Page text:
Shyama, a forty-eight-year-old London divorcée, already has an unruly teenage daughter, but that doesn’t stop her and her younger lover, Toby, from wanting a child together. Their relationship may look like a cliché, but despite the news from her doctor that she no longer has any viable eggs, Shyama’s not ready to give up on their dream of having a baby. So they decide to find an Indian surrogate to carry their child, which is how they meet Mala, a young woman trapped in an oppressive marriage in a small Indian town from which she’s desperate to escape. But as the pregnancy progresses, they discover that their simple arrangement may be far more complicated than it seems.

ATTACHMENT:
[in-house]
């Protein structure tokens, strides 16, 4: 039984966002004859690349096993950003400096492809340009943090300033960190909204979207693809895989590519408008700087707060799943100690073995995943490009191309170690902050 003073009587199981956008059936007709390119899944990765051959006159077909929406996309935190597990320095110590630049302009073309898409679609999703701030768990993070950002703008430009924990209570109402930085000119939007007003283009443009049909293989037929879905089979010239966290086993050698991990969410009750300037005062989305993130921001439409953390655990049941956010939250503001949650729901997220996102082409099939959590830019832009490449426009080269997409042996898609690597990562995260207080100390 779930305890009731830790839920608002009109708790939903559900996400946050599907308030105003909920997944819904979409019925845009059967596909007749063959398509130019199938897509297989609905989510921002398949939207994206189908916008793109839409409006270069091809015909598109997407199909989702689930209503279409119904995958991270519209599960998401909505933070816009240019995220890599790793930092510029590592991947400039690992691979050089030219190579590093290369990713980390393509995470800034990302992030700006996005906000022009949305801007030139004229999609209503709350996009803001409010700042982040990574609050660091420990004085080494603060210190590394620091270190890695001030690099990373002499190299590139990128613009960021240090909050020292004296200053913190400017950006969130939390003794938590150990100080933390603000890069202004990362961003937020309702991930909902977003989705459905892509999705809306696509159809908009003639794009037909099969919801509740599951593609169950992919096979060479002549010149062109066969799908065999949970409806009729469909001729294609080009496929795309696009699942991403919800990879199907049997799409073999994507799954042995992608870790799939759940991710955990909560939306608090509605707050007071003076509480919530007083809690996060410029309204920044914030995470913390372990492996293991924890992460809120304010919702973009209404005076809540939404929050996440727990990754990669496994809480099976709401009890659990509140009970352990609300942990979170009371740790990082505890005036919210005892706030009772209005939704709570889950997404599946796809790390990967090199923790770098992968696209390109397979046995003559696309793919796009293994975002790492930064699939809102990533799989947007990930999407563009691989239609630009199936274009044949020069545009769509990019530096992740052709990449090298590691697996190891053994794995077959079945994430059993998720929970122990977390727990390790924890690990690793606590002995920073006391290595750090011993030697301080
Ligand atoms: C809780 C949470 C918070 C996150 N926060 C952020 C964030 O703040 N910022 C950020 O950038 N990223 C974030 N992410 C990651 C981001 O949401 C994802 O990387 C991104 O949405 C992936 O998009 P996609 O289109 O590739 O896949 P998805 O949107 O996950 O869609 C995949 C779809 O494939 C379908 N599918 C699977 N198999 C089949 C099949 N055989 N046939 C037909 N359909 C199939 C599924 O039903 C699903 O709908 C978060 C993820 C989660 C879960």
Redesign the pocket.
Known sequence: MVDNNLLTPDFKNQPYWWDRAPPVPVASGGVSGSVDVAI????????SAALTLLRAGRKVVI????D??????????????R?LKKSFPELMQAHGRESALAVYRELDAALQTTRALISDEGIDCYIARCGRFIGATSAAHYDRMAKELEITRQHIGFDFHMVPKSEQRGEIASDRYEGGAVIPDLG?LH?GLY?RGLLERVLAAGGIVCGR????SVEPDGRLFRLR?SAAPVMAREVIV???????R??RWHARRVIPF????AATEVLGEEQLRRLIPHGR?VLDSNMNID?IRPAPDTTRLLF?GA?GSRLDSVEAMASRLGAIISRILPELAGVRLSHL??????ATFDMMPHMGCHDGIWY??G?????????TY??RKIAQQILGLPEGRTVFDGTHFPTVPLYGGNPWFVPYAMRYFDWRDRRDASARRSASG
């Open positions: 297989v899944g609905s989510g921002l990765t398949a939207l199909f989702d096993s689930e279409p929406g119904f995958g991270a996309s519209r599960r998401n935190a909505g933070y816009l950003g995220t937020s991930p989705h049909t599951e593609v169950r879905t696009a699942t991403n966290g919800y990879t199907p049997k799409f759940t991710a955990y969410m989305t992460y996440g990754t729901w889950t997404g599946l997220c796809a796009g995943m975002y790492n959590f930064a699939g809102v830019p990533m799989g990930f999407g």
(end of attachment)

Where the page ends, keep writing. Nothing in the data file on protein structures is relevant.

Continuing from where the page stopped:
In The House of Hidden Mothers, Meera Syal, an acclaimed British actress and accomplished novelist, takes on the timely but underexplored issue of India’s booming surrogacy industry. Western couples pay a young woman to have their child and then fly home with a baby, an easy narrative that ignores the complex emotions involved in carrying a child.
Syal turns this phenomenon into a compelling, thoughtful novel already hailed in the UK as “rumbustious, confrontational and ultimately heartbreaking . . . Turn[s] the standard British-Asian displacement narrative on its head” (The Guardian).
Compulsively readable and with a winning voice, The House of Hidden Mothers deftly explores subjects of age, class, and the divide between East and West.